This year on International Women's Day, Saint Francis High School in Calgary coincidentally hosted their first All Girls Day. An old friend of mine, and a teacher at the high school, contacted me explaining that her and her co-workers were attempting to organize a day dedicated to their girls where speakers were invited to attempt to motivate, encourage, and inspire. She had recently been noticing that after grade 10, when gym was not mandatory thereafter, girls were dropping out of gym in exchange for other class options or "spare" classes. Since today, the day after All Girls Day, is the school's course selection day, the hope was that a day dedicated to inspiring the girls, would have an effect on the girls selecting gym class or other active options the school offers like Dance, Yoga, Sport Performance, or classic P.E.
My speech went something like this...
Good morning ladies, let's do a little ice breaker. Everyone stand up!
SIT down if I say a reason why you are considering dropping out of P.E:
You lack of friends in your class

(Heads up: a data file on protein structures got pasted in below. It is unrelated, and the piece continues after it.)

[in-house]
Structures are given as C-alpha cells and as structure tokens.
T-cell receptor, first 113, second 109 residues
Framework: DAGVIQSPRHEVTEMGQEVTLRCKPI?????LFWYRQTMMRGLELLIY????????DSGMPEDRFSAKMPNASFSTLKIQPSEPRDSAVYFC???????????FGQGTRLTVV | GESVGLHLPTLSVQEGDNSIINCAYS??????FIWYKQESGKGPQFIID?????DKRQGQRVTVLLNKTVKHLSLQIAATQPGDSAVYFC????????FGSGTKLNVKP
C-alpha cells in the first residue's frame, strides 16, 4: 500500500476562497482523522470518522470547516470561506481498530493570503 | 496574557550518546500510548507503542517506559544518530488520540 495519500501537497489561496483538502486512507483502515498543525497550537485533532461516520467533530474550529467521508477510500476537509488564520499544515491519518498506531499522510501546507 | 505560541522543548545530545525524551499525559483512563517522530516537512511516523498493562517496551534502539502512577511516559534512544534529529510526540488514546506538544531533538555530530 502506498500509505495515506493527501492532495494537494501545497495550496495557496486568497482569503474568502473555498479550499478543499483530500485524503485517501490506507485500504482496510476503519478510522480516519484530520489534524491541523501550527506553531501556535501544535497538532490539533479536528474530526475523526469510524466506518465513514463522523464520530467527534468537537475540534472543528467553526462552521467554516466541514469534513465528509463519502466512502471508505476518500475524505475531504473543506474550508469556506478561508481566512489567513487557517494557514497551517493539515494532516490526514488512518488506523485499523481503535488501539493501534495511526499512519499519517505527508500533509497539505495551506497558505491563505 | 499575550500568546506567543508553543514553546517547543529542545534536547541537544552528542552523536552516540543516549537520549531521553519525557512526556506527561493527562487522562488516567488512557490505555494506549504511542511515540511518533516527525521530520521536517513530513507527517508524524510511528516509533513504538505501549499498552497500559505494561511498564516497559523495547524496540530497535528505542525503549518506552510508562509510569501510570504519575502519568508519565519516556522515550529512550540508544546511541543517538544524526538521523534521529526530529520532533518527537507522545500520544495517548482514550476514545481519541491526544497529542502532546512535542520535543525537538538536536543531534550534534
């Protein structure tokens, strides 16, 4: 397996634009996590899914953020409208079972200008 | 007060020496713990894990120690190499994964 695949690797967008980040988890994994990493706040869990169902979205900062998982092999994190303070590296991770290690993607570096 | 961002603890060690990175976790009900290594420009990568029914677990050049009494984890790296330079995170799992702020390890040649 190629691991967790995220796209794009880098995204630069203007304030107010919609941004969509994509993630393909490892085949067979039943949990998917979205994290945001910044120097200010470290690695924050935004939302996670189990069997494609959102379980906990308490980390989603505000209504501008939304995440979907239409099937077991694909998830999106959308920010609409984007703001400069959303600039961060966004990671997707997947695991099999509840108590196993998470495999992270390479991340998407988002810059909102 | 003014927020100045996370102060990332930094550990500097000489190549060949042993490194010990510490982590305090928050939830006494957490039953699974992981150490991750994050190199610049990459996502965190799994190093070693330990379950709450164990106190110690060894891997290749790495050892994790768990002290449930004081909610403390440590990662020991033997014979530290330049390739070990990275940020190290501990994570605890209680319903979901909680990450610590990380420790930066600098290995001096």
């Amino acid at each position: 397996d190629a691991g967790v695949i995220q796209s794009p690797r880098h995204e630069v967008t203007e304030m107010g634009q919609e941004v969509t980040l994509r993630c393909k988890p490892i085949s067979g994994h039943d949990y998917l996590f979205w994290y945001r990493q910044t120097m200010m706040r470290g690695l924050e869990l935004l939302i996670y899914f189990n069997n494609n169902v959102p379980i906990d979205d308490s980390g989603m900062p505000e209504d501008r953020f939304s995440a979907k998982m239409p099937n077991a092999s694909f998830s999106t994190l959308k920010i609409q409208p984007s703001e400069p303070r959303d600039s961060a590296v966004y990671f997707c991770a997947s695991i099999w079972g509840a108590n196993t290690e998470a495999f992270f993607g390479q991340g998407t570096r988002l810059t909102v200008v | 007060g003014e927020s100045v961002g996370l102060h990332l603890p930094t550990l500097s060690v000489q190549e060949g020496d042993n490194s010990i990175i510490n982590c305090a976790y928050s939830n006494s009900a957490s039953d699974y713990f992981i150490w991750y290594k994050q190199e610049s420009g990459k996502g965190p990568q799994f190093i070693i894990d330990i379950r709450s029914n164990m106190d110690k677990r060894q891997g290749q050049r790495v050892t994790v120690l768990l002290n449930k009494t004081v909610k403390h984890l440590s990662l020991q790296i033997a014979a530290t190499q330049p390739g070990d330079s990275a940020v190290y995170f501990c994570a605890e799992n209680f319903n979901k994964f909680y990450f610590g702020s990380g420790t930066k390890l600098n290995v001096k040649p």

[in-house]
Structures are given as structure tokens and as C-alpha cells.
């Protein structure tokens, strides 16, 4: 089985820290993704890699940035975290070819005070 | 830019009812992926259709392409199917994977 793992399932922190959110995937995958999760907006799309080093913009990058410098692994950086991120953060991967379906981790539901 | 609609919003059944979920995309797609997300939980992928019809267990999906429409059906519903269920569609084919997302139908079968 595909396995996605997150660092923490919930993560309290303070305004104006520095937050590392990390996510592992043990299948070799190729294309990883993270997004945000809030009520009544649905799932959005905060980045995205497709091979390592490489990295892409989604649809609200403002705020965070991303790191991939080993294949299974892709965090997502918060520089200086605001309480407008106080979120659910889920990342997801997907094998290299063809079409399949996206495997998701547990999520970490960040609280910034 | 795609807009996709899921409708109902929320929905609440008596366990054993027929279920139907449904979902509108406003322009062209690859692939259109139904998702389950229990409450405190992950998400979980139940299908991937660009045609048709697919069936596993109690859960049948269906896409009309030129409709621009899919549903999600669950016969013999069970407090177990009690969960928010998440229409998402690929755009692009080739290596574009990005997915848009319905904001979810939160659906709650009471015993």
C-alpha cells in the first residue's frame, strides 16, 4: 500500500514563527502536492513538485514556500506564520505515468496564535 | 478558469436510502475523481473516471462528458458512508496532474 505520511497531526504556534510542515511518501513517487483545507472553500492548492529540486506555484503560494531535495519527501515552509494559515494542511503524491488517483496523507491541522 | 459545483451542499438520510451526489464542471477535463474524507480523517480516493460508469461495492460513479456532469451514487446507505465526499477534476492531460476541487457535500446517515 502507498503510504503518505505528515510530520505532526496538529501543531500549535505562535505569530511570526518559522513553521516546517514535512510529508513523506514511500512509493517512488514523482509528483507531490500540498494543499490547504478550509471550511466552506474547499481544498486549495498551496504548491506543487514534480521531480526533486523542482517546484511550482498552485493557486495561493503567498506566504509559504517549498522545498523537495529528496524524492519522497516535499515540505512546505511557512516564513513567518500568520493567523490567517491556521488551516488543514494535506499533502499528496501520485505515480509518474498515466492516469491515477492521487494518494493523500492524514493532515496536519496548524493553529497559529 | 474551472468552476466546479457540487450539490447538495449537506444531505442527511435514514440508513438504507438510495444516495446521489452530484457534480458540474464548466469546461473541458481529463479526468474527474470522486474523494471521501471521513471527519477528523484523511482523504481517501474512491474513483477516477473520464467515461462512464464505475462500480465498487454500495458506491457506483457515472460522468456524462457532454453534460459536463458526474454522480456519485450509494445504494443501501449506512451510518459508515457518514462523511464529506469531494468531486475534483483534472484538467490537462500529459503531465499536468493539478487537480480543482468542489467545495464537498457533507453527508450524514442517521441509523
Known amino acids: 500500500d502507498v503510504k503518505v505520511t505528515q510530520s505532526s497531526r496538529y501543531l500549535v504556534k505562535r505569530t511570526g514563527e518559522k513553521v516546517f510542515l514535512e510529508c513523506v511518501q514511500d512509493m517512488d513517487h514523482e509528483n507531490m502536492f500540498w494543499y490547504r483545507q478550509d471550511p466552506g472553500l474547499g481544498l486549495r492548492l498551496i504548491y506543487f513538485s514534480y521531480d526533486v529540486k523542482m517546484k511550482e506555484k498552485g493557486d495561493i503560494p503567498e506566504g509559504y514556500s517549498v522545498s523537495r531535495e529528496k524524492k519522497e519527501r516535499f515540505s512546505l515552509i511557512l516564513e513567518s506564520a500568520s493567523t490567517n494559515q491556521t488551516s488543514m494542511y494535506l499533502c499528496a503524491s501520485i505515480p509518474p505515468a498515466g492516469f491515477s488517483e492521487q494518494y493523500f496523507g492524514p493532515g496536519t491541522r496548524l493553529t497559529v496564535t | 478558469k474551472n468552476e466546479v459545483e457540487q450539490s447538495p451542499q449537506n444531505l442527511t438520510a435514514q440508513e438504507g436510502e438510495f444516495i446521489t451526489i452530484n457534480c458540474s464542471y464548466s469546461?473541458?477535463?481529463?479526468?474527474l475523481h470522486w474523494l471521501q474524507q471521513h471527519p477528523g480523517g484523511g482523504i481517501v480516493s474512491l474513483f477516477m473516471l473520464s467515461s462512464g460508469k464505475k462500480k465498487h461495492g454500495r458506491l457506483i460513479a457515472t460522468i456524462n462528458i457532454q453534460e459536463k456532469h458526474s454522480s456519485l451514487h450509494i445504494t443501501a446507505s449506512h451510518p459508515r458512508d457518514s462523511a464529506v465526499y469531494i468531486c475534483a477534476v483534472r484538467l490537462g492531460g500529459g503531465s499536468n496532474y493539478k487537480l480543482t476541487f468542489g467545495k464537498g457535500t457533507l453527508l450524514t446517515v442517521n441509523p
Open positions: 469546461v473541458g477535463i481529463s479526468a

You lack role models in P.E.
You lack confidence in your abilities
You’re interested in other sports/classes/activities
You play sports after school, so you don't think you need to do P.E.
You straight up, hate it
*Everyone left standing is not considering dropping out of P.E.* Interestingly, in most of the classes I spoke to, there was a very low percentage of girls left standing.
*In Freestyle skiing in Canada, it is suggested that the TOP 5 reasons for girls dropping out of the sport were these*
STAND BACK UP if I list a reason why you're considering staying in P.E., or is a reason why you're motivated to stay fit
Looking good/looking fit
You “feel” better when you are active
Because you have friends in your class
You just love sports
*Everyone left sitting is considering dropping out of P.E.*
[This was good information for me, and for the teachers in the room that teach these girls daily. This information also told me that many girls are motivated by how they look and feel when they are active, and very few were motivated by winning. It also told me that many of the girls were motivated to drop out of P.E. because they thought they needed to take more academic classes to get into universities, or because they lacked confidence in their abilities.]
Okay, so we will revisit that a little later, but first, a little about my sport experience growing up and where it's lead me.
I wish I had embarrassed myself.
Back when I was in grade 6 and my best friend was the lanky girl and my teacher was her mother, the lanky marathon mom. When I was asked to join the cross-country team with my lanky best friend, and encouraged by that teacher, but knew I would be slower, at the back of the pack, and embarrassed…